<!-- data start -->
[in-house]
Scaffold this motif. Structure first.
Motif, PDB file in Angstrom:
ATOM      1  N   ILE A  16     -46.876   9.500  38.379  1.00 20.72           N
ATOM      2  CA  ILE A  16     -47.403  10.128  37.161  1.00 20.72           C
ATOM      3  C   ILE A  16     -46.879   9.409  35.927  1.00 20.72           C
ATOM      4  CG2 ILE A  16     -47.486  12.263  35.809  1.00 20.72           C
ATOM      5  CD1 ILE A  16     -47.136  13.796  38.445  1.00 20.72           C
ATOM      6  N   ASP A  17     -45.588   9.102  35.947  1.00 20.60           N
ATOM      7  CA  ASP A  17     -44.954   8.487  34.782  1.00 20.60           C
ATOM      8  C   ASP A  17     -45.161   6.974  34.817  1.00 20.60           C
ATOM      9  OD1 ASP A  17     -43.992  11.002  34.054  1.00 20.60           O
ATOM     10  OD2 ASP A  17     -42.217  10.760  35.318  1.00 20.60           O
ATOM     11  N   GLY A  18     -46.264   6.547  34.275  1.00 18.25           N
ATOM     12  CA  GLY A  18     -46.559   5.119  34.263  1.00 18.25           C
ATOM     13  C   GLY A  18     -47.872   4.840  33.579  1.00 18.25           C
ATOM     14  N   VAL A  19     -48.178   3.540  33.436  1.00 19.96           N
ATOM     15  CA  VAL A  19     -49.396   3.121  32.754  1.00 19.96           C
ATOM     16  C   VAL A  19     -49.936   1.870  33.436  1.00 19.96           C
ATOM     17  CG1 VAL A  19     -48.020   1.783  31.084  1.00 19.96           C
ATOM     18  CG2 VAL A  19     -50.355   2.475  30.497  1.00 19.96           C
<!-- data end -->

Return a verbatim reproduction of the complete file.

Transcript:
[in-house]
Scaffold this motif. Structure first.
Motif, PDB file in Angstrom:
ATOM      1  N   ILE A  16     -46.876   9.500  38.379  1.00 20.72           N
ATOM      2  CA  ILE A  16     -47.403  10.128  37.161  1.00 20.72           C
ATOM      3  C   ILE A  16     -46.879   9.409  35.927  1.00 20.72           C
ATOM      4  CG2 ILE A  16     -47.486  12.263  35.809  1.00 20.72           C
ATOM      5  CD1 ILE A  16     -47.136  13.796  38.445  1.00 20.72           C
ATOM      6  N   ASP A  17     -45.588   9.102  35.947  1.00 20.60           N
ATOM      7  CA  ASP A  17     -44.954   8.487  34.782  1.00 20.60           C
ATOM      8  C   ASP A  17     -45.161   6.974  34.817  1.00 20.60           C
ATOM      9  OD1 ASP A  17     -43.992  11.002  34.054  1.00 20.60           O
ATOM     10  OD2 ASP A  17     -42.217  10.760  35.318  1.00 20.60           O
ATOM     11  N   GLY A  18     -46.264   6.547  34.275  1.00 18.25           N
ATOM     12  CA  GLY A  18     -46.559   5.119  34.263  1.00 18.25           C
ATOM     13  C   GLY A  18     -47.872   4.840  33.579  1.00 18.25           C
ATOM     14  N   VAL A  19     -48.178   3.540  33.436  1.00 19.96           N
ATOM     15  CA  VAL A  19     -49.396   3.121  32.754  1.00 19.96           C
ATOM     16  C   VAL A  19     -49.936   1.870  33.436  1.00 19.96           C
ATOM     17  CG1 VAL A  19     -48.020   1.783  31.084  1.00 19.96           C
ATOM     18  CG2 VAL A  19     -50.355   2.475  30.497  1.00 19.96           C